OXFORD, England (CNS) — Members of the Ukrainian Catholic Church are fleeing Crimea to escape threats of arrest and property seizures, a priest told Catholic News Service just four days after Russia finalized the region’s annexation.
“The situation remains very serious, and we don’t know what will happen — the new government here is portraying us all as nationalists and extremists,” said Father Mykhailo Milchakovskyi, a parish rector and military chaplain from Kerch, Crimea.
He said officials from Russia’s Federal Security Service, or FSB, had called him in for questioning about his community and to ask whether he “recognized the new order.”
Father Milchakovskyi told CNS that he and his family and at least two-thirds of his parishioners had left Kerch for Ukrainian-controlled territory on the advice of Ukrainian Archbishop Sviatoslav Shevchuk of Kiev-Halych.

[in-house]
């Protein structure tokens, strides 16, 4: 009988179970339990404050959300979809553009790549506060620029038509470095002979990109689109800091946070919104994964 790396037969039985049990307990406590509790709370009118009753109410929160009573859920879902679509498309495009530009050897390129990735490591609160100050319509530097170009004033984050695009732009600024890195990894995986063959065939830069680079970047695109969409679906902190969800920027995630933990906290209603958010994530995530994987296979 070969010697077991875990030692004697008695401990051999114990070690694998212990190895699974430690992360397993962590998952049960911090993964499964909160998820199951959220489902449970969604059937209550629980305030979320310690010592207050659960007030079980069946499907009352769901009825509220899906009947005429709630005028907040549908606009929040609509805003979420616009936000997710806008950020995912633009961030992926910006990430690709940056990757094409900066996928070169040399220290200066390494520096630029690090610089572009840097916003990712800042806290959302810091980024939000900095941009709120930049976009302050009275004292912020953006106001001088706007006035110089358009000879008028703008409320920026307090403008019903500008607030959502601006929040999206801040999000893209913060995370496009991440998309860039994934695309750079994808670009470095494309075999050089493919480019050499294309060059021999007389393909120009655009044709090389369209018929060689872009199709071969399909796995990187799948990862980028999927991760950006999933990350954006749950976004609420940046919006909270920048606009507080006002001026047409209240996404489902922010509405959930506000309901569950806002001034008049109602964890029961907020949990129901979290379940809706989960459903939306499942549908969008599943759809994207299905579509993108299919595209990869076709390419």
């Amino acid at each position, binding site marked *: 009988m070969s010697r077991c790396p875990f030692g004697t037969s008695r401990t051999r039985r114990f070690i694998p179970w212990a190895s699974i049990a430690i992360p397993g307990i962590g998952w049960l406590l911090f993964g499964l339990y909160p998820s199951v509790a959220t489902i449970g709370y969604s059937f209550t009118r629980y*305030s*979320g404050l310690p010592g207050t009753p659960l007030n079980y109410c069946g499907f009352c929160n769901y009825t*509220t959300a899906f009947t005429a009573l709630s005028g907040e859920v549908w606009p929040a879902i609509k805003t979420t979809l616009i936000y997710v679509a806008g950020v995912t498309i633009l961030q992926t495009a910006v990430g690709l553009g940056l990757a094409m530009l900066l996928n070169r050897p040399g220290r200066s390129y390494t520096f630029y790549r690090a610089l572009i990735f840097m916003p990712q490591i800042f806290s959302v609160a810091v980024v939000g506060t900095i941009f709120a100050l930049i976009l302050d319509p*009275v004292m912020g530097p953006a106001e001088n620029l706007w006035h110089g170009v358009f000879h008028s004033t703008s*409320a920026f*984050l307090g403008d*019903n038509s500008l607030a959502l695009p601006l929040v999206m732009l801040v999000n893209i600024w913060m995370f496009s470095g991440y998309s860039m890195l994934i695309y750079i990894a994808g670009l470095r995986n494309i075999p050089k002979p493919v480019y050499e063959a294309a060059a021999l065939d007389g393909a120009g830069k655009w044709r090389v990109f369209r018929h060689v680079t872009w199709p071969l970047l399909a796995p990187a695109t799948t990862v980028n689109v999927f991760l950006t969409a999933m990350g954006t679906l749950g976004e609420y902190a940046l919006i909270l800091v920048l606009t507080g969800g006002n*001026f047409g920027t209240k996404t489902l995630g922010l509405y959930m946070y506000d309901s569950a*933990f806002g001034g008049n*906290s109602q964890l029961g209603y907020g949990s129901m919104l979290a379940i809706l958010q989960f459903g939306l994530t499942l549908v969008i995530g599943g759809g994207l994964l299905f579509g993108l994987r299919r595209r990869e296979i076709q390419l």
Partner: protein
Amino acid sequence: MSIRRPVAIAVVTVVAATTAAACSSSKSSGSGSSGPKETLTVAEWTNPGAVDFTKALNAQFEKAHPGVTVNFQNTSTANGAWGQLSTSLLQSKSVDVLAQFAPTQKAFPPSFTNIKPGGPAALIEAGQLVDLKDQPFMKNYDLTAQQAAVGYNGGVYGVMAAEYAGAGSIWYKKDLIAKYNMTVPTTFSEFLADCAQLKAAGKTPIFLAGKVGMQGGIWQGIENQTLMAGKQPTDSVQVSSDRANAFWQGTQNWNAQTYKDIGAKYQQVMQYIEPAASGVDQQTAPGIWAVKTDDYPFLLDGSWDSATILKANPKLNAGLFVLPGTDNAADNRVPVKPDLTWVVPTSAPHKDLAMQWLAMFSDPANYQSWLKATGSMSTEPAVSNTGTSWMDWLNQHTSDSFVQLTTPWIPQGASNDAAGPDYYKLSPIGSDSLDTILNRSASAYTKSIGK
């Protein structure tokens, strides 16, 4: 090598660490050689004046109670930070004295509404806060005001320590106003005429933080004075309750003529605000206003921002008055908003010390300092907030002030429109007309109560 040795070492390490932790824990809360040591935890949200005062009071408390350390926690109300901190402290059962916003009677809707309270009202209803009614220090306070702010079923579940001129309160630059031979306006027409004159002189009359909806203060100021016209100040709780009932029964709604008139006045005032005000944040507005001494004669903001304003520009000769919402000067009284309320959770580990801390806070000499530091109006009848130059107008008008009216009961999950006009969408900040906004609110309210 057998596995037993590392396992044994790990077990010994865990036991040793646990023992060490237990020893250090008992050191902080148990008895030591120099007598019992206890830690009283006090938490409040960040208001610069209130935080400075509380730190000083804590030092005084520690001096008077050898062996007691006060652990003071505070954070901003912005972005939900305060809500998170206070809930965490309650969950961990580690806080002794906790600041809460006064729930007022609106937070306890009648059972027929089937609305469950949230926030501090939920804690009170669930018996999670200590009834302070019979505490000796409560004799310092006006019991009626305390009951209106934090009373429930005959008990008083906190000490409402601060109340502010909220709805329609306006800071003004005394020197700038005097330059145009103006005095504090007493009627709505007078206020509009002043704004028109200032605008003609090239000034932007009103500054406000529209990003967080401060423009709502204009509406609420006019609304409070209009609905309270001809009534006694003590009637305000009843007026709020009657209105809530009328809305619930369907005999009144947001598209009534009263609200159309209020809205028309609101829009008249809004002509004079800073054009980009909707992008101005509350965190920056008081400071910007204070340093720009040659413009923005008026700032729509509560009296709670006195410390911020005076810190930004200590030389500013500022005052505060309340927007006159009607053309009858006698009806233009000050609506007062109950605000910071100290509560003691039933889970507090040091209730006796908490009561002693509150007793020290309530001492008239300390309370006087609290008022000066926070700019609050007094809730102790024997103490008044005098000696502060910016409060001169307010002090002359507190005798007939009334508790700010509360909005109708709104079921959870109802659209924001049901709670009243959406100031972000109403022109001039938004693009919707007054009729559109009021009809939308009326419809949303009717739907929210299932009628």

“All my parishioners are patriotic Ukrainians who love their Crimean homeland. But Russia is now seeking to drive us out,” he said March 25, adding that Father Mykola Kvych, pastor of the Dormition of the Mother of God Parish in Sevastopol, Crimea, also fled after being detained and beaten by Russian forces, who accused him of “sponsoring extremism and mass unrest.”
“We’re determined our church will not close up and abandon its mission, and we hope we’ll be given permits to return. But like others, we’ve had to leave our life and work behind, not knowing when we’ll be back. This is a time of suffering and anxiety,” Father Milchakovskyi said.